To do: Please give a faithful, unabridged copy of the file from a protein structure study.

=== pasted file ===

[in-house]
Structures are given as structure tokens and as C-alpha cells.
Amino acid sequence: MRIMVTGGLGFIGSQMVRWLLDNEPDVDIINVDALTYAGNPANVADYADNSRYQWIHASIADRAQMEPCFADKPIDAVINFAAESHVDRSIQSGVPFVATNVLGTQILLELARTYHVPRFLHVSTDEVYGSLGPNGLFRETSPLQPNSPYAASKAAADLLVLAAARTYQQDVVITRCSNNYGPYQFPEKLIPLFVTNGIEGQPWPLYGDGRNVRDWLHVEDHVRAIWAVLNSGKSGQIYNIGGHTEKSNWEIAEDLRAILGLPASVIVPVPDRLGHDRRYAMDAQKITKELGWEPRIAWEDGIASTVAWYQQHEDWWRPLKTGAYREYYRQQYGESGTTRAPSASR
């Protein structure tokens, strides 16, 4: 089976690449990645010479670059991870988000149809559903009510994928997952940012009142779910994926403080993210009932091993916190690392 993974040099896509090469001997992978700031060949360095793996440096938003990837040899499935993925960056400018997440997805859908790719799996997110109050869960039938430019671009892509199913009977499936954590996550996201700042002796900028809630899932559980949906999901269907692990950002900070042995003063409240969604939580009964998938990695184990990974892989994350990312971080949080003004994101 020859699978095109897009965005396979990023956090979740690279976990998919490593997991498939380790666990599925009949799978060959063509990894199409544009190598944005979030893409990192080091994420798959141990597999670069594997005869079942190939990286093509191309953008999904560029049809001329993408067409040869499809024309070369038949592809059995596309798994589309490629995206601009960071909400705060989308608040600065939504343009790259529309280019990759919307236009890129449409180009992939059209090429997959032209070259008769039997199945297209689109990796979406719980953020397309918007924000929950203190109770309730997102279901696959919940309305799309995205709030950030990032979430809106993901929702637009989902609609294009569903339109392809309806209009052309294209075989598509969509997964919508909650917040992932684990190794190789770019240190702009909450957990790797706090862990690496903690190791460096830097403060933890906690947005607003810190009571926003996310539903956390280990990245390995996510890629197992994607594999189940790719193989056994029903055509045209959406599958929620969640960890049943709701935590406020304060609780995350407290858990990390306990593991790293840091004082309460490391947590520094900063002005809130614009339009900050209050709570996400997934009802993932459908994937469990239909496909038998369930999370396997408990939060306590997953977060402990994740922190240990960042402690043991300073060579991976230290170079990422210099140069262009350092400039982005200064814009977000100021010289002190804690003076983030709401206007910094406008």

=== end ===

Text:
[in-house]
Structures are given as structure tokens and as C-alpha cells.
Amino acid sequence: MRIMVTGGLGFIGSQMVRWLLDNEPDVDIINVDALTYAGNPANVADYADNSRYQWIHASIADRAQMEPCFADKPIDAVINFAAESHVDRSIQSGVPFVATNVLGTQILLELARTYHVPRFLHVSTDEVYGSLGPNGLFRETSPLQPNSPYAASKAAADLLVLAAARTYQQDVVITRCSNNYGPYQFPEKLIPLFVTNGIEGQPWPLYGDGRNVRDWLHVEDHVRAIWAVLNSGKSGQIYNIGGHTEKSNWEIAEDLRAILGLPASVIVPVPDRLGHDRRYAMDAQKITKELGWEPRIAWEDGIASTVAWYQQHEDWWRPLKTGAYREYYRQQYGESGTTRAPSASR
């Protein structure tokens, strides 16, 4: 089976690449990645010479670059991870988000149809559903009510994928997952940012009142779910994926403080993210009932091993916190690392 993974040099896509090469001997992978700031060949360095793996440096938003990837040899499935993925960056400018997440997805859908790719799996997110109050869960039938430019671009892509199913009977499936954590996550996201700042002796900028809630899932559980949906999901269907692990950002900070042995003063409240969604939580009964998938990695184990990974892989994350990312971080949080003004994101 020859699978095109897009965005396979990023956090979740690279976990998919490593997991498939380790666990599925009949799978060959063509990894199409544009190598944005979030893409990192080091994420798959141990597999670069594997005869079942190939990286093509191309953008999904560029049809001329993408067409040869499809024309070369038949592809059995596309798994589309490629995206601009960071909400705060989308608040600065939504343009790259529309280019990759919307236009890129449409180009992939059209090429997959032209070259008769039997199945297209689109990796979406719980953020397309918007924000929950203190109770309730997102279901696959919940309305799309995205709030950030990032979430809106993901929702637009989902609609294009569903339109392809309806209009052309294209075989598509969509997964919508909650917040992932684990190794190789770019240190702009909450957990790797706090862990690496903690190791460096830097403060933890906690947005607003810190009571926003996310539903956390280990990245390995996510890629197992994607594999189940790719193989056994029903055509045209959406599958929620969640960890049943709701935590406020304060609780995350407290858990990390306990593991790293840091004082309460490391947590520094900063002005809130614009339009900050209050709570996400997934009802993932459908994937469990239909496909038998369930999370396997408990939060306590997953977060402990994740922190240990960042402690043991300073060579991976230290170079990422210099140069262009350092400039982005200064814009977000100021010289002190804690003076983030709401206007910094406008």